View Full Version : Goodman GMS9115DXA furnace and CLQ48-1 14 SEER
08-26-2006, 10:11 PM
Background: My AC's compressor burned recently. From many inputs and a lot readings from this forum, I've decided to replace my 10 years old AC and 13 years old gas furnace with new ones (at first, I planned to just replace the compressor, then the entire AC and finally the entire system). My house is 32 years old, 2 level colonial with basement, about 2700 SF on 2 floors.
Out of 3 proposals I received (Goodman, Trane and Carrier), I've tentatively decided to go with the proposal consisted of Goodman CLQ48 4 tons 14 SEER AC and GMS9115DXA gas furnace 5 tons single stage multiple-speed (the installer installed the entire Bryan system for my sister-in-law 2 years ago but now recommended GOodman). Before signing a deposit check this coming Monday, I'd like to get your experts' opinions as to if the proposed combo system makes sense. I am getting kind of nervous on my decision.
Thanks for your help.
08-26-2006, 10:49 PM
That's a nice matchup, but....you may do a bit better with a 95% furnace.
With the GMS95115D** furnace you will most likely be eligible for a $150 tax credit and if you go with the GMV95115D** you will most likely be eligible for a $200 tax credit and have a more efficient and comfortable blower system.
Also, don't know if your contractor is going to have a problem finding that particular model. He/she may have to go to the new GSC14048-1 condenser that does not have as good a warranty.
08-27-2006, 11:28 AM
Thank you RoBoTeq. I will discuss in more detailed with my contractor with regard to model GMS/GMV95115D furnace. I actually did ask him briefly about moving up to a higher end model (i.e. 2-stage variable-speed) but he mentioned that it's not worth it. I told him about my second floor being hotter in the summer and colder in the winter (about 6-8 degrees difference b/w first and second floor) but he said that's normal for older home with single zone ducting system. He also said that dual-stage and variable-speed would not help to improve that 2nd floor problem and that I should go with the GSM9115DXA. Please let me know if you think 2-stage and variable-speed furnace would improve my second floor heating/cooling. I don't mind to pay extra for improving my 2nd floor confort.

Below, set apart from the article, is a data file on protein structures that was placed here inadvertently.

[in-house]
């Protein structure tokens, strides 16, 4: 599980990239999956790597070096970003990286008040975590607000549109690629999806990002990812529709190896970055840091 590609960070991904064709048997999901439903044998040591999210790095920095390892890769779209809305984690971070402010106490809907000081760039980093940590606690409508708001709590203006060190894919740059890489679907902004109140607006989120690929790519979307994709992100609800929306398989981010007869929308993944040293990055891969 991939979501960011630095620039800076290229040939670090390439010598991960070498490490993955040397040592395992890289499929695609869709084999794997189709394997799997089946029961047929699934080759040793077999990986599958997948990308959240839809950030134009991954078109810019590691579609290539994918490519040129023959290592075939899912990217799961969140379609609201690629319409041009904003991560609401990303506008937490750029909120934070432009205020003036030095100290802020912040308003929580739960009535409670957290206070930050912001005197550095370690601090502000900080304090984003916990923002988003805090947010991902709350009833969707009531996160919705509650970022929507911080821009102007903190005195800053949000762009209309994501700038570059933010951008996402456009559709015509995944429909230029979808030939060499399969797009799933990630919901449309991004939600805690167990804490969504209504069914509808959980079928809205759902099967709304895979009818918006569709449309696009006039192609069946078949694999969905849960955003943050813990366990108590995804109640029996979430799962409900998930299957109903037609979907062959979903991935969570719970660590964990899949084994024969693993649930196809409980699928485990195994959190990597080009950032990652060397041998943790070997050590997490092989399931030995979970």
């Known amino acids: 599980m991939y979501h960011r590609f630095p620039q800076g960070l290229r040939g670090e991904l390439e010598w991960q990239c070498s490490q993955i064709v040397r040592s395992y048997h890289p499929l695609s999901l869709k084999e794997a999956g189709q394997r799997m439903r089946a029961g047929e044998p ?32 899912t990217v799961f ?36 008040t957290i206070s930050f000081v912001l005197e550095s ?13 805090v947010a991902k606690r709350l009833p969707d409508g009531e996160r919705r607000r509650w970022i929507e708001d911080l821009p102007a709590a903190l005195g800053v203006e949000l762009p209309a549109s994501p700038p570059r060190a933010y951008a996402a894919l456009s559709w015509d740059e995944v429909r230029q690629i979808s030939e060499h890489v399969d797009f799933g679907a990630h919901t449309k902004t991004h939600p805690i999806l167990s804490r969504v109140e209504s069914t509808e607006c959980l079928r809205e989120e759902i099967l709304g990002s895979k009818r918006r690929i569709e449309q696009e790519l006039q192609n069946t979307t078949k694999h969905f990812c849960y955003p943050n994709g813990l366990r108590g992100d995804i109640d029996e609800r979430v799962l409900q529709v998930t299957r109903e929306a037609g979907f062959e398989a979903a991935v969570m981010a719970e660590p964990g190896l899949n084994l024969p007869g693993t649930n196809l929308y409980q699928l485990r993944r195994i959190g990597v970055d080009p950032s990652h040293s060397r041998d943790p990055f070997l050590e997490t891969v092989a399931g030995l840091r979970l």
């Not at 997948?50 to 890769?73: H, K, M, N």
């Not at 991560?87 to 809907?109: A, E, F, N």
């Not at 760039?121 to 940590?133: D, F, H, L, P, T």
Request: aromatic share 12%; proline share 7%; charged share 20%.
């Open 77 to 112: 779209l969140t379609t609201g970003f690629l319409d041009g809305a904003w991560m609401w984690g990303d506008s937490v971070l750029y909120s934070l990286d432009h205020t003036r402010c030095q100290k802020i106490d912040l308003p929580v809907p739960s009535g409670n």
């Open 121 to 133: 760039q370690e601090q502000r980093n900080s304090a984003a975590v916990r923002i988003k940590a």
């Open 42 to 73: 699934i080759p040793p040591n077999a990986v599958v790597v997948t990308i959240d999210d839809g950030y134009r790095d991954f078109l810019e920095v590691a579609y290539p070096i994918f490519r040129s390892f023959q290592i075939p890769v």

08-27-2006, 11:34 AM
There is no guarantee that a two stage, VS furnace will help with your second floor situation other then to assume that by running longer in lower heating there would be more constant air to the second floor. Otherwise; no system is going to compensate for a bad duct system.
However; the comfort features of a two stage VS furnace are usually worth the cost for overall comfort, even more so with problematic situations.
The cost factor dwindles when you consider the DOE tax credit. That is $200 directly off of the bottom line of your tax debt or $200 additional to your tax credit to be returned.
08-27-2006, 12:01 PM
Thanks again RoBoTeq. Sorry if I keep coming back with question. Since my 2nd floor get very weak air coming out of the registers, would VS furnace deliver weaker air to my second floor when it's in the low/optimized heating mode? I read many threads discussed about VS vs. multi-speed but still not 100% sure if I understand them correctly. Let's say, my contractor set the multi-speed furnace to high at installation, I would assume then that the air coming out of the registers would constantly be strong compared relatively to VS. Is there something wrong with my logic?
08-27-2006, 12:49 PM
Air is oportunistic; it will go to the point of least resistance.
There is a chance that if your ducting is restrictive to the 2nd floor that while most of the air in high speed may wind up going to the first floor you may wind up with a higher "percentage" of air going to the 2nd floor when there is less air while in the lower stage.
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